They have very strange rabbits in Florida.
Taken 15 years ago before I became REALLY old!
Today, all the images you’ll see were taken in Florida some years ago. I have been delving into the archives and remaking some of the images taken long ago.
It could almost be a spaceship! The photograph was taken from the ‘back room’ of the Vulcan where three ‘back office’ crew members would have sat. It will be clear from the image that the Vulcan bomber was not build for comfort.
Now that’s what I call a chicken!
Those of us (and we are a vanishing breed) who can send and receive Morse code will be able to pick out ‘The Quick Brown Dog’ sent in Morse code from this interesting video. I think it should be ‘The Quick Brown Fox’ but who cares. There was a time when I earned my living sending and receiving Morse code messages. Hard to believe these days but it does prove that I am a VERY OLD MAN!!!
If the firing pin interrupter mechanism didn’t work, there was every chance you would shoot your own propellor off.
British fishing vessels have a name and a registration number. BF = Banff, Scotland and the registration number 9.
See a larger version of the image here.
I have a feeling this is where people working in MacDuff Harbour took their horses for a drink of water years ago before motor vehicles came along. On the other hand, it might be the strangest (and most public) toilet I have ever seen!
One of the older style of trawler (not many left now)
MacDuff Harbour during the night
These great big lumps of metal are towed behind trawlers. Their aquadynamic shape help to keep the ‘mouth’ of the trawl net open (a bit like wings flying through the water) and the hapless fish are caught in the net, never to escape.
The Bulbous Forefoot or, Bulbous Bow, greatly increases fuel efficiency and the fins help with stability. More about this technology (an American invention) here. The ‘snoot’ shown below belongs to a trawler but most ships are built with bulbous bows these days.
Where else would bats hang out?
The farmer lived to a ripe old age but his grandchildren were not so fortunate. 1861 was clearly a bad year (Flu? TB?) The United Kingdom delivered the Industrial Revolution (1820-1840) but if you were poor at that time, then there was virtually no healthcare – frightening statistics here.
The cemetery at Marykirk Scotland had more than a few gravestones which tells a very sad story about child mortality in the 1800s. The records will show that many children died in the first few days, weeks and months of their lives. It must have been heartbreaking for the parents. Where would we be without modern medicine.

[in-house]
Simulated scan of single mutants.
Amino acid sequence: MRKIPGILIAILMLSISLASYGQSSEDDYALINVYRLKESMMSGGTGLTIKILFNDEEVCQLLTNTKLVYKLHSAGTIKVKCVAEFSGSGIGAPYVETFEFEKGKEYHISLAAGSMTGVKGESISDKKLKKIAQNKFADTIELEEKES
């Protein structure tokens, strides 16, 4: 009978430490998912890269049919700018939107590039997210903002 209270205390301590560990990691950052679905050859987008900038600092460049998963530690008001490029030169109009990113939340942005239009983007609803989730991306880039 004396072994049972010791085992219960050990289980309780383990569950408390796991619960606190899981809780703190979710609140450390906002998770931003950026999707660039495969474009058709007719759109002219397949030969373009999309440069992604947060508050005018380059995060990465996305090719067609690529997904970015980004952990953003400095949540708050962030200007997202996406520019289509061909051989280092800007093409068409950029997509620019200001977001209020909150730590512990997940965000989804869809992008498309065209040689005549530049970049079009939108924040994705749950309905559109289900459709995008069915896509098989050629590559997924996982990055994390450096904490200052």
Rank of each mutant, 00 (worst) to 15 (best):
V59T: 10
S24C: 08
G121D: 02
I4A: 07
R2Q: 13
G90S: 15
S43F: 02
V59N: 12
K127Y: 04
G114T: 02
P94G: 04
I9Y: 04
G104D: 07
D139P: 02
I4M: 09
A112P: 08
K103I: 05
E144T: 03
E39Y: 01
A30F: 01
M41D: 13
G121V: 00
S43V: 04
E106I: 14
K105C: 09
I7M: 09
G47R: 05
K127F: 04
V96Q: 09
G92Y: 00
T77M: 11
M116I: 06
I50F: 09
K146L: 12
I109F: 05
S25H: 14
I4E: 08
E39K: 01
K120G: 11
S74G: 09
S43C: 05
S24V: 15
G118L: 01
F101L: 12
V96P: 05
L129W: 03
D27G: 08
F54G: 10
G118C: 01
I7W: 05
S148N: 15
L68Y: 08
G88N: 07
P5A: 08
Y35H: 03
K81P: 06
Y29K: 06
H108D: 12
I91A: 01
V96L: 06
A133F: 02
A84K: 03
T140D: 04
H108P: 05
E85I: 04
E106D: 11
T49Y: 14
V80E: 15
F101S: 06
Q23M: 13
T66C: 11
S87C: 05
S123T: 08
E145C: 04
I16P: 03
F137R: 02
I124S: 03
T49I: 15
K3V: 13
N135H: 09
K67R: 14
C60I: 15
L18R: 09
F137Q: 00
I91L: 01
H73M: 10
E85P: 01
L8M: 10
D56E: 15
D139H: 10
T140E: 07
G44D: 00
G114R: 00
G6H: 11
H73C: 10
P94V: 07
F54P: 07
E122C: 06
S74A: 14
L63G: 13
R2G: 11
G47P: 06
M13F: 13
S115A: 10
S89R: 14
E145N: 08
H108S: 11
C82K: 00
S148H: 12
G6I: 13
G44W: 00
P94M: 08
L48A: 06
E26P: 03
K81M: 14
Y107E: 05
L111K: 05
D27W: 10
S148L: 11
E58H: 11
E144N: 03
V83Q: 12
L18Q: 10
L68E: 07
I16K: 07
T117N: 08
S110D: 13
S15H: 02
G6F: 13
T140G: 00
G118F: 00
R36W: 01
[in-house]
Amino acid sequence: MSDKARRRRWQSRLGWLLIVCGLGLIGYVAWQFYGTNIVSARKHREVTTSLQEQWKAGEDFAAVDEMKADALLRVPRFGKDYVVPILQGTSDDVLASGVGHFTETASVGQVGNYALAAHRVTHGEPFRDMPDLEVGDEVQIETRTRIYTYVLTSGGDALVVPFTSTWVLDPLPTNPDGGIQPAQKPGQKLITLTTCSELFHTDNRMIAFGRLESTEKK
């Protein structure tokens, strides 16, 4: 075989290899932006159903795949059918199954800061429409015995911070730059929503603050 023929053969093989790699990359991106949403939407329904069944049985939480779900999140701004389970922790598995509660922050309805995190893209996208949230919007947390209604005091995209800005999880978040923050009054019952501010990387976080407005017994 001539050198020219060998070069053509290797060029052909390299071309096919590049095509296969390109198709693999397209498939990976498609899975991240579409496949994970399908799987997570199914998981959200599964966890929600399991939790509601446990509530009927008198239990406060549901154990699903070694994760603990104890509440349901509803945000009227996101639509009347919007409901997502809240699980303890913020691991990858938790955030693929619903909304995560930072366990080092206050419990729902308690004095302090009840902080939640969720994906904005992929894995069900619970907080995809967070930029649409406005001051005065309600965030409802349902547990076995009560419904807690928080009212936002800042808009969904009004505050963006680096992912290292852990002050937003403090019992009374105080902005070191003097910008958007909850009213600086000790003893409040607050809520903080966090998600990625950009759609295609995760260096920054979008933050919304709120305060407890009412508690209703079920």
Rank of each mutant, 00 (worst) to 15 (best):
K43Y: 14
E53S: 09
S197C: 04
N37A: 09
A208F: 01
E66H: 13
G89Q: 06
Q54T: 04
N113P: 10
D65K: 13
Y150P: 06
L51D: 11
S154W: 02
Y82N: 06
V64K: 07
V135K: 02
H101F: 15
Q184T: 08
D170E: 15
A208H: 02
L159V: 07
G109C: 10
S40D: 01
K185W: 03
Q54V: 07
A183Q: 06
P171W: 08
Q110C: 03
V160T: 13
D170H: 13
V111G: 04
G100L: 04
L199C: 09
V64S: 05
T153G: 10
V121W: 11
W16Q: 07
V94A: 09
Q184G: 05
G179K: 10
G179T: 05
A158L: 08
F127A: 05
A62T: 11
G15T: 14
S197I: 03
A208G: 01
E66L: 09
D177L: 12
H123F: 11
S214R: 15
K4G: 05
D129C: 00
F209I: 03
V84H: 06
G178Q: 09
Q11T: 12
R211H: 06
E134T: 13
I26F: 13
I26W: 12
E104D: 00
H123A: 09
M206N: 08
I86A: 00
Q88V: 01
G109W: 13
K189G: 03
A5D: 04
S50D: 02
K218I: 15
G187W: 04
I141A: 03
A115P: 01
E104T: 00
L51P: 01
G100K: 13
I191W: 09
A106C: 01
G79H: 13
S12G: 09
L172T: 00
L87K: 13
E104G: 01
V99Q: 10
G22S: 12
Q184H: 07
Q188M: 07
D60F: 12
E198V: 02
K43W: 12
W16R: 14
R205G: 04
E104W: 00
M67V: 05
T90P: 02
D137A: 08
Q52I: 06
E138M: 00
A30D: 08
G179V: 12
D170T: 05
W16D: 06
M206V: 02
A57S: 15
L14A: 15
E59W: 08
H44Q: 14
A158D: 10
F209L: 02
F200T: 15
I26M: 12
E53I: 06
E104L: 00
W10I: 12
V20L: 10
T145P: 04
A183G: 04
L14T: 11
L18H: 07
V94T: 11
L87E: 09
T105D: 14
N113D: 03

The Gravestone reads:
Engineer in Bombay and
In the memory of their children
Who died at Arbroat
21st September 1859
Aged 3 years
Who died at Bombay
13 August 1863
Aged 10 days
who died at Bombay
13 April 1865
Aged 1 year and 7 month
Who died at Arbroath
4 October 1867
Aged 8 days
Katy wrangles a stick in a loch in the Scottish Highlands.
You can run but you can’t hide. A gravestone we saw at Marykirk in Scotland. Could the warning be any clearer!? The end is nigh!!!
A spot of fisheye lens action at Banff Harbour
We often walk along the beach from Banff to Whitehills (good place to buy fresh fish) and, on the way, we pass the old Roman Well (and I thought the Roman’s didn’t get this far north). It has been there since Roman times (AD 43 to AD 47) and so it was built around 2,000 years ago. They build things to last in Scotland!!! More about this small but nonetheless interesting building here.
I walked to Whitehills and back today and realised it is a 6 mile round-trip. Oh so very healthy!
It’s all down hill from here…
Chickens who don’t realise they’re standing on high voltage cables.
The view from our house…
A street in MacDuff, Scotland
And in mono…
A visitor to the MacDuff Harbour
The sun rising over MacDuff early this morning
One of my favourite boats often found in MacDuff Harbour
PS: Our dog has never caught a rabbit (and so she ain’t no friend of mine – ha ha ha!)
They really are like little wind-up toys!
A seal watching me walk the dog today off Boyndie Beach, Banff, Scotland.
A slightly different version of this image.
Our dog, Katy ( fries stabij), searching for tennis balls lost by other people in amongst the rocks on Boyndie Beach, near to Banff, Scotland. Finding tennis balls has become something of an obsession for our dog.
Over 57,000 aircrew were killed during World War 2 (46% death rate). I can’t help wondering how many more young men and women will be killed if fighting breaks out (again) in Iran/Iraq and beyond. Ultimately a pointless and tragic loss of human life. We never seem to learn.
Rather them than me!!!
The first chicken of 2020…